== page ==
China and India have improved consumer protection.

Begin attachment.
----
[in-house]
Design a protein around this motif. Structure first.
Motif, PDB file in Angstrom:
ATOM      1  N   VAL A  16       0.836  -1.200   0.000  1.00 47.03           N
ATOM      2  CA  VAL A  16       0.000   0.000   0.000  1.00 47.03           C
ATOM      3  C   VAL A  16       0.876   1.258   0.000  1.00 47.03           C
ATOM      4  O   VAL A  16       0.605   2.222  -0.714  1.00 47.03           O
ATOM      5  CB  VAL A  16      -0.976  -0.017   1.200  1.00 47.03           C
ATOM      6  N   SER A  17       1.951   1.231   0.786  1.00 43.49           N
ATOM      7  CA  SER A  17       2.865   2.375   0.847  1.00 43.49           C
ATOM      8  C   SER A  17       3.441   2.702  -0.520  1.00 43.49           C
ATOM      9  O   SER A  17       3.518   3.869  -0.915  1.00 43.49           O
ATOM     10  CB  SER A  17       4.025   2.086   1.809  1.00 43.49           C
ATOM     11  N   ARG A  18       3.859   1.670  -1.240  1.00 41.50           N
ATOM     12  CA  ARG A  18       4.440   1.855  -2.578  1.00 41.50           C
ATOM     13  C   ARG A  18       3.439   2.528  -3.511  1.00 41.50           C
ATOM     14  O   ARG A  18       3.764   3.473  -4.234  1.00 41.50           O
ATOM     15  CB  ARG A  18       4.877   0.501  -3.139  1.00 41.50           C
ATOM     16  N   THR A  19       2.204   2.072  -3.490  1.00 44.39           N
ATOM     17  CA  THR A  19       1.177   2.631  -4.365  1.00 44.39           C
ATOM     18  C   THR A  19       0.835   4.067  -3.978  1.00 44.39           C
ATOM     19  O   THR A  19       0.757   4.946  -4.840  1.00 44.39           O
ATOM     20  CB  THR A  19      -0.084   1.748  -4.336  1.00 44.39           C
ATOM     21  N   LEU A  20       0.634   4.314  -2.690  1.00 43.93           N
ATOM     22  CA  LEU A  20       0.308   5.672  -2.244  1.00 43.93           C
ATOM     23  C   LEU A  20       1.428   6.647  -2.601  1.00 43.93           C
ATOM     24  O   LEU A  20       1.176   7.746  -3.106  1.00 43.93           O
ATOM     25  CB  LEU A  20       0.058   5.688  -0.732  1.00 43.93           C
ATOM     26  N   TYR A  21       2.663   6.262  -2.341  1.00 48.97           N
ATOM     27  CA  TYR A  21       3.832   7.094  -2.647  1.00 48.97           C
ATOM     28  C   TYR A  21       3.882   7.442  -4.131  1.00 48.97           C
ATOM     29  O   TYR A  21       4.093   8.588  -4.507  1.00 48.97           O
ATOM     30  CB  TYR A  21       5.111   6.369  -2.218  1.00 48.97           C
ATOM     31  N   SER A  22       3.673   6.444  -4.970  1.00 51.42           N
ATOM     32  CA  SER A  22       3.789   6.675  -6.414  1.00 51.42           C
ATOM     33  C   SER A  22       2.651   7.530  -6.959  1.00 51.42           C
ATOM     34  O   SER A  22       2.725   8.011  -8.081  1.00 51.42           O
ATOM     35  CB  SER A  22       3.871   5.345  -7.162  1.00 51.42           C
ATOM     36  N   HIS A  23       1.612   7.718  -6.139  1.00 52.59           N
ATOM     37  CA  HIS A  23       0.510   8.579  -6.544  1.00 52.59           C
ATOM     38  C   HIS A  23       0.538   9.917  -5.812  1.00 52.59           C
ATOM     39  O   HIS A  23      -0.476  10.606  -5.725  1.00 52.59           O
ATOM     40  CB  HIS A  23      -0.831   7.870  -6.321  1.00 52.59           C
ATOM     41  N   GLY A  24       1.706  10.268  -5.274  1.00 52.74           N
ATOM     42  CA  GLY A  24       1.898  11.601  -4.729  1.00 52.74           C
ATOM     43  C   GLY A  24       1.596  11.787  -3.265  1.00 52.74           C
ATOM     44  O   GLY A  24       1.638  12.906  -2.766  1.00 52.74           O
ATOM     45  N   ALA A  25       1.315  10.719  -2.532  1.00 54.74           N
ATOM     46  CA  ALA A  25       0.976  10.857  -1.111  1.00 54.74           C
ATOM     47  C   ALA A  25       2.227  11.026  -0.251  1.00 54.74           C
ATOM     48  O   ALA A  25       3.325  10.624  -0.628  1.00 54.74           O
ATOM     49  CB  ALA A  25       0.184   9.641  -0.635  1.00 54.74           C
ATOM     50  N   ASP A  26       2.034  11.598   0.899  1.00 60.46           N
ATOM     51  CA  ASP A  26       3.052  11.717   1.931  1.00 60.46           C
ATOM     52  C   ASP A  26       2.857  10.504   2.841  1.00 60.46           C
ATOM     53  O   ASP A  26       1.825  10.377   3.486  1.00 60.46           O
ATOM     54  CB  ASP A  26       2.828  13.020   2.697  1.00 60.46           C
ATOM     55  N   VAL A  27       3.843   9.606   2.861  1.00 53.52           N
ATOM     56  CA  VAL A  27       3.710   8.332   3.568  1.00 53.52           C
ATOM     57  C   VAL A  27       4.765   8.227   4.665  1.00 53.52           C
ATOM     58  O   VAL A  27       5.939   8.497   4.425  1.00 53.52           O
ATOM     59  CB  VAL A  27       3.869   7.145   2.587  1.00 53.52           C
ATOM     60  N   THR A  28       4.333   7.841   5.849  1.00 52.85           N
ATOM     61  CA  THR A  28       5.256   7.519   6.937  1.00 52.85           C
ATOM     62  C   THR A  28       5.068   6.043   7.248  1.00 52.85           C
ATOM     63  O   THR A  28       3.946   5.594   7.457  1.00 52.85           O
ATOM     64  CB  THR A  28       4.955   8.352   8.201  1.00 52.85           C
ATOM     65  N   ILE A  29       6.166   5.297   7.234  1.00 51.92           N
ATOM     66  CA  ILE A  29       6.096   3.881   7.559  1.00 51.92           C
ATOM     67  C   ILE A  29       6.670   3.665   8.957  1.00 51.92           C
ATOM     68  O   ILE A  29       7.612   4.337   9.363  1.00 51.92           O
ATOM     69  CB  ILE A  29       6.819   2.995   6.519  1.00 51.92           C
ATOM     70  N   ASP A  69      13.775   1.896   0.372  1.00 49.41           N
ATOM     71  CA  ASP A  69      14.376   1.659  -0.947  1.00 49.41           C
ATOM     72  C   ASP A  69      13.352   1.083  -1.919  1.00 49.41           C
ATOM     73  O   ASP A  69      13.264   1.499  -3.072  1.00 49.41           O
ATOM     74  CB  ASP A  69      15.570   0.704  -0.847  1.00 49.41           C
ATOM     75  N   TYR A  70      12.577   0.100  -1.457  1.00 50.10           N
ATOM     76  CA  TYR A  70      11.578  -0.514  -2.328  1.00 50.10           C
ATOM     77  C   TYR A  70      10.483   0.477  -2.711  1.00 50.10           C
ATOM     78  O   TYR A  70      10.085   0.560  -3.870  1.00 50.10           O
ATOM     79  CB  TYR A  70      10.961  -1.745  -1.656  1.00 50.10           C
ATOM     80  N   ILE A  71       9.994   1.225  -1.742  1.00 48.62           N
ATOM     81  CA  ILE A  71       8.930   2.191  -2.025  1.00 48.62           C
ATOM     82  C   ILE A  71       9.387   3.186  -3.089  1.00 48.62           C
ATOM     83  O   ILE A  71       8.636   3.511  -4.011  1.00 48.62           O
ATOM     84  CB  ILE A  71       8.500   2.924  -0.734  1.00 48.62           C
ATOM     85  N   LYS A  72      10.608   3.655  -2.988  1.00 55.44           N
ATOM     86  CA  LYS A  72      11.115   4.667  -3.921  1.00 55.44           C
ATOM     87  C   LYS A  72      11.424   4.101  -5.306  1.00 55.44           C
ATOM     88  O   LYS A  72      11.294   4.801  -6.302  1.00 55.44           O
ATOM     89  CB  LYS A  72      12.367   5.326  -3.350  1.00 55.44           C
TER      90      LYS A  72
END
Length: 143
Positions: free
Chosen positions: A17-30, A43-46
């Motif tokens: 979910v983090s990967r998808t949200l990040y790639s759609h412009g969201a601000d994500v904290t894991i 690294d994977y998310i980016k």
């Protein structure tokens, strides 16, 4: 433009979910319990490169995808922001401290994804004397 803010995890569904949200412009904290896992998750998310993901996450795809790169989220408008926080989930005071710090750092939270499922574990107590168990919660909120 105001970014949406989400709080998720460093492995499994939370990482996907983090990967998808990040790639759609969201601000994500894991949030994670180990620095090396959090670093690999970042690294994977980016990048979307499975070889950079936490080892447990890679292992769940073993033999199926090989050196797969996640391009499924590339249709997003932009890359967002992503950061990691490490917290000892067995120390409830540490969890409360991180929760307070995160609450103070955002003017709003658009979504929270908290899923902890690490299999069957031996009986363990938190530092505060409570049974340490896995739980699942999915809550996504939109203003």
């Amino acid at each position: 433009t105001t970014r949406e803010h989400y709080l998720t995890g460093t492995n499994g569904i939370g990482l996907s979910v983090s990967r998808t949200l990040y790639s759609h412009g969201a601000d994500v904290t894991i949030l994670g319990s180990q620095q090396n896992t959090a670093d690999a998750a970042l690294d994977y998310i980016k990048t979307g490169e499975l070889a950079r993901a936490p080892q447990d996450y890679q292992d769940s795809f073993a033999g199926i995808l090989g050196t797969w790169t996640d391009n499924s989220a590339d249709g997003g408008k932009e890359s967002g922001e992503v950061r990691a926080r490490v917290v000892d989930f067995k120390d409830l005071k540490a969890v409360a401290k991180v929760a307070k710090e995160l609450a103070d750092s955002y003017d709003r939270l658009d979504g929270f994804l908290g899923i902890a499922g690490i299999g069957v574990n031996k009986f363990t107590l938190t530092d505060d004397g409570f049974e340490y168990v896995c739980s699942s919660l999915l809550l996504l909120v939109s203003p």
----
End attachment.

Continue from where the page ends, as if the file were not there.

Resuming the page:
The chapter’s author, Prasad, highlight two nations with modern ascension from developing nations into the status of a developed nation; China and India. Each have similar experiences since moving from one status onto the other, with differing challenges and protections afforded to the citizens as far as consumer protection laws. As was highlighted, Asia is home to 3 out of every 5 individuals globally, and are an ever increasing plurality of the world’s market of consumption. It is this balance between imports and exports of goods that a developing nation can exist as a market force in the global context. China and India’s respective governments have the emerging responsibility to install greater and greater consumer protection laws for their citizenry. Along the process of membership into the World Trade Organization (WTO) a member nation must install and retain certain laws, including that of regulating the markets of production and consumption, especially in favor of protecting the consumers. China has installed these laws specifically modelled by other nations as early as the 1990s, with great and continued success. India has a unique challenges when it comes to nationalized laws because of the existence of their striated caste system. The Indian example of consumer protection required the central government to rethink their role within each sphere of the Indian society, and determine by which the society could retrofitted into new and emerging consumer protection laws. Prasad highlighted the success by which these two specific nations of China and India can and should exist as a proper example for developing nations. The continued movement of globalization requires that more specific trade and consumer protection laws must be installed by every nation. Especially when the extent to which laws protection the citizens of the exporting nation to a lesser extent than the importing nation.